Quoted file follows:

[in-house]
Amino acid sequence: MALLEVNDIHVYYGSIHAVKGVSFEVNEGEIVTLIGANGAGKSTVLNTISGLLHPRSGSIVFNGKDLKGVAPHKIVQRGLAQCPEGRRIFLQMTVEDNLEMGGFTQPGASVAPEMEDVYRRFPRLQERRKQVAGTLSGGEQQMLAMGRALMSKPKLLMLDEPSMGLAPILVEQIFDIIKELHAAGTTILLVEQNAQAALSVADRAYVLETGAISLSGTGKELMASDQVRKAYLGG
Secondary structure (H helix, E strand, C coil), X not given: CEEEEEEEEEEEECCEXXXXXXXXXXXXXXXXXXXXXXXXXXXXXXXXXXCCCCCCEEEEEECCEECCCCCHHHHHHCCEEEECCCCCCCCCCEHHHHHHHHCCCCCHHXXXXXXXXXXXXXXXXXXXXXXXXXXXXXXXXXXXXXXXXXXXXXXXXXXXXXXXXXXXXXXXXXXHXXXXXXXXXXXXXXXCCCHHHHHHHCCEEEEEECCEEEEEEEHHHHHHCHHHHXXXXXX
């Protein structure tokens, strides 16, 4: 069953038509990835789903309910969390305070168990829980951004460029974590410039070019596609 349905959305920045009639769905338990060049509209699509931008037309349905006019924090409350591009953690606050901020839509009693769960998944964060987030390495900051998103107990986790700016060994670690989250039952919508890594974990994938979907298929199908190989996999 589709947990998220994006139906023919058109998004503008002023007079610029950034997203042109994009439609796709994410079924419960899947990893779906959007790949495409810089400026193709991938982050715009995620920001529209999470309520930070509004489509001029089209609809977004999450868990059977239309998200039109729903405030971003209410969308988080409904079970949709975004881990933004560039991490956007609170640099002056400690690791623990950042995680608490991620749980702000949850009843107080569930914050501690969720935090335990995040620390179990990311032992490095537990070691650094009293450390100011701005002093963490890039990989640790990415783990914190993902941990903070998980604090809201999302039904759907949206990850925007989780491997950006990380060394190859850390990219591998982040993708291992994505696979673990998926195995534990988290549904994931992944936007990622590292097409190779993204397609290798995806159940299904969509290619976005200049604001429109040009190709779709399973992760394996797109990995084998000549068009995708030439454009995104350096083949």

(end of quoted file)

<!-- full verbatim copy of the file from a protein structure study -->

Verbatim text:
[in-house]
Amino acid sequence: MALLEVNDIHVYYGSIHAVKGVSFEVNEGEIVTLIGANGAGKSTVLNTISGLLHPRSGSIVFNGKDLKGVAPHKIVQRGLAQCPEGRRIFLQMTVEDNLEMGGFTQPGASVAPEMEDVYRRFPRLQERRKQVAGTLSGGEQQMLAMGRALMSKPKLLMLDEPSMGLAPILVEQIFDIIKELHAAGTTILLVEQNAQAALSVADRAYVLETGAISLSGTGKELMASDQVRKAYLGG
Secondary structure (H helix, E strand, C coil), X not given: CEEEEEEEEEEEECCEXXXXXXXXXXXXXXXXXXXXXXXXXXXXXXXXXXCCCCCCEEEEEECCEECCCCCHHHHHHCCEEEECCCCCCCCCCEHHHHHHHHCCCCCHHXXXXXXXXXXXXXXXXXXXXXXXXXXXXXXXXXXXXXXXXXXXXXXXXXXXXXXXXXXXXXXXXXXHXXXXXXXXXXXXXXXCCCHHHHHHHCCEEEEEECCEEEEEEEHHHHHHCHHHHXXXXXX
């Protein structure tokens, strides 16, 4: 069953038509990835789903309910969390305070168990829980951004460029974590410039070019596609 349905959305920045009639769905338990060049509209699509931008037309349905006019924090409350591009953690606050901020839509009693769960998944964060987030390495900051998103107990986790700016060994670690989250039952919508890594974990994938979907298929199908190989996999 589709947990998220994006139906023919058109998004503008002023007079610029950034997203042109994009439609796709994410079924419960899947990893779906959007790949495409810089400026193709991938982050715009995620920001529209999470309520930070509004489509001029089209609809977004999450868990059977239309998200039109729903405030971003209410969308988080409904079970949709975004881990933004560039991490956007609170640099002056400690690791623990950042995680608490991620749980702000949850009843107080569930914050501690969720935090335990995040620390179990990311032992490095537990070691650094009293450390100011701005002093963490890039990989640790990415783990914190993902941990903070998980604090809201999302039904759907949206990850925007989780491997950006990380060394190859850390990219591998982040993708291992994505696979673990998926195995534990988290549904994931992944936007990622590292097409190779993204397609290798995806159940299904969509290619976005200049604001429109040009190709779709399973992760394996797109990995084998000549068009995708030439454009995104350096083949």